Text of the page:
A new species of firefly has recently been discovered in Southern California by an undergraduate student by the name of Joshua Oliva. Joshua was collecting specimens for his semester insect collection. The Entomology Research Museum made the announcement of the discovery at the University of California in Riverside yesterday. Doug Yanega, the head of the museum confirmed the find after Joshua Oliva had brought it to him to inspect.
When Joshua had first collected the inspect he was not sure what it was exactly that he found. He decided to bring it to Doug Yanega for a second opinion who then confirmed that it was a firefly. Doug has a great familiarity with the area and after seeing the specimen knew that this firefly was something new.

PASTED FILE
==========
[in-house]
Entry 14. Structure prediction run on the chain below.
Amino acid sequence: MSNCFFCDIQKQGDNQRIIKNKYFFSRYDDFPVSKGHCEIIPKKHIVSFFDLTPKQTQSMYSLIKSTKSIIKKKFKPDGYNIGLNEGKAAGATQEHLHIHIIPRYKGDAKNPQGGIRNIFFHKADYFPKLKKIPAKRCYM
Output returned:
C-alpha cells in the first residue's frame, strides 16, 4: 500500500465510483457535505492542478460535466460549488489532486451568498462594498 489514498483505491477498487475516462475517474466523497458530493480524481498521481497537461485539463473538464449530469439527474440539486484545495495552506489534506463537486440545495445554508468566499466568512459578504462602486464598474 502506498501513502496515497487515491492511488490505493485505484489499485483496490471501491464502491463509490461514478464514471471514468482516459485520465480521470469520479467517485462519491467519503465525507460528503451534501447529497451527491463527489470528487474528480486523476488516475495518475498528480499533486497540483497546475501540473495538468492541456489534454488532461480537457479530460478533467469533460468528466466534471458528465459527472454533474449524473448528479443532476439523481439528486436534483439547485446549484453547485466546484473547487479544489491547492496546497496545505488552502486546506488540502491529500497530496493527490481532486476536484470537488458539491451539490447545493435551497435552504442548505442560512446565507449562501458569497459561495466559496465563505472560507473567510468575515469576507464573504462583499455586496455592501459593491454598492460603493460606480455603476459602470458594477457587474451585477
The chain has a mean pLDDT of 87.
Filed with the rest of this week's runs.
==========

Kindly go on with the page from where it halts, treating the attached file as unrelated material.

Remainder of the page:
Experts at the University of Florida also had a chance to inspect the insect and agreed with Yanega that the specimen is a new species of firefly. The formal announcement was made because the habitat where the firefly was found may end up requiring some protection as they continue to try and learn more about the species. While the discovery is certainly a big moment, especially in Joshua Oliva’s early career, discoveries of new species of insects is actually a fairly common occurrence.
A name for the new species has yet to be determined as they look to uncover more evidence on the species beforehand. This process may end up taking several years to complete. However, there is a chance that we will see the new firefly named after Joshua, as the practice of naming a new species after the person who discovered it is a fairly common practice.